How to Invest in Retirement with Alternative Investments

Today income investors are battling a low interest rate environment, which is being reinforced by the Fed’s $85 Billion a month treasury bond purchasing spree.1 The time is …

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Today income investors are battling a low interest rate environment, which is being reinforced by the Fed’s $85 Billion a month treasury bond purchasing spree.1 The time is near for the Fed to consider easing its monetary policy, and that could have a dramatic negative impact on current bond valuations. With interest rates at all-time lows, current bond holders could lose money until their bonds mature. This is because as interest rates rise, existing bond values may go down as new bond issues tout better rates. If current bond holders do not sell, they could wind up losing a considerable amount of their portfolio to bond declines and inflation. They will receive ‘Par’ at maturity, of course, but what $1,000 will be worth in the future is impossible to tell.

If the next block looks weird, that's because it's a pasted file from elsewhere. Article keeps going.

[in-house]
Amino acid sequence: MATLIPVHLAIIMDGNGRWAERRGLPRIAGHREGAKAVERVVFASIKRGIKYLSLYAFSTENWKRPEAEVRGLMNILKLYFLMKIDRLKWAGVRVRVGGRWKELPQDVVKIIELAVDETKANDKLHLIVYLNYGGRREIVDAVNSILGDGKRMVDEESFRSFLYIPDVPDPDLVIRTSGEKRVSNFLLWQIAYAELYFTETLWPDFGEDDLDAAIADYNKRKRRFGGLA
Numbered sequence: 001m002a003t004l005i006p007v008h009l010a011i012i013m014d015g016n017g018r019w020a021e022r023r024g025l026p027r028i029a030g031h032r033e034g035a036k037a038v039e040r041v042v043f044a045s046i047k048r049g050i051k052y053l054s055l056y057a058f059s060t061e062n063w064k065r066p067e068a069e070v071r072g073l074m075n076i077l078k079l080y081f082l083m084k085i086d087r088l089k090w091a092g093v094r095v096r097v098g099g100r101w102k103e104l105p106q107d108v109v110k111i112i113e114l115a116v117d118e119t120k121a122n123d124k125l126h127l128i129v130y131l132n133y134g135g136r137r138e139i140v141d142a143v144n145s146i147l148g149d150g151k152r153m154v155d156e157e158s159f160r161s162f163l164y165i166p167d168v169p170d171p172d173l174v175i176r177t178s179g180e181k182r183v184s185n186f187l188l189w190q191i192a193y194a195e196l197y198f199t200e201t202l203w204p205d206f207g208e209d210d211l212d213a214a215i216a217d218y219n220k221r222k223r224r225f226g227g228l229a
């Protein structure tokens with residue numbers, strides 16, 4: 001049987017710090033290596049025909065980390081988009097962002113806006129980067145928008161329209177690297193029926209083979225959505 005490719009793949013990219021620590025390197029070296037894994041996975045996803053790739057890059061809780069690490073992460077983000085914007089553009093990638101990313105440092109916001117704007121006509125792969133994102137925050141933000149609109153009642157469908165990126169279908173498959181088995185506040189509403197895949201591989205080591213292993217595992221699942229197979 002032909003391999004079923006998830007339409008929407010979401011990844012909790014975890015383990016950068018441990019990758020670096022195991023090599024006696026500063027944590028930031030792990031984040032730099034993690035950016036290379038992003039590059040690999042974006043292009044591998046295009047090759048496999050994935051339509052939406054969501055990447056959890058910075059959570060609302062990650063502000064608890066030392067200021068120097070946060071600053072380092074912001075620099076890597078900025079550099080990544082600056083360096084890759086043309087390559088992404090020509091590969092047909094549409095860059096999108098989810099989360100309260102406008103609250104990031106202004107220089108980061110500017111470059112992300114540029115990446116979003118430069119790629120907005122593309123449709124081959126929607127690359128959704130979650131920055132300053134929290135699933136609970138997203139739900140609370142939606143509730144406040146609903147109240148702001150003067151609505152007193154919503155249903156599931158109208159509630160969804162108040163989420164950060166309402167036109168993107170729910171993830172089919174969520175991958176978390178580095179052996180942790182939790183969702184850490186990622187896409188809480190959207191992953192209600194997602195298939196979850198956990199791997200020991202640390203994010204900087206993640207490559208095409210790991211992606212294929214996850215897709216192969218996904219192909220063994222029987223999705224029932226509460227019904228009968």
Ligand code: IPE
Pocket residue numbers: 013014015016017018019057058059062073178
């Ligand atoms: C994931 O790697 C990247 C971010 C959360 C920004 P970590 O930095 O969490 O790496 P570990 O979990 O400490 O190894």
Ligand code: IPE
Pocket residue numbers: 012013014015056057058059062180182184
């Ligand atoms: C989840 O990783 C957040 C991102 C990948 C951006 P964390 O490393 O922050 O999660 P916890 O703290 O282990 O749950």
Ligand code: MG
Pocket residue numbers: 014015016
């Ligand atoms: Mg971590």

It may be a very hard pill for bond buyers to swallow, but the 30 year bond bull market appears to be over and it may be time for investors to find new ways to produce income. One option is liquidating bond portfolios while values are up and attempting to boost income by utilizing BDC’s, REIT’s, Royalties, Direct Energy Investments and Annuities.

Business Development Companies (BDCs)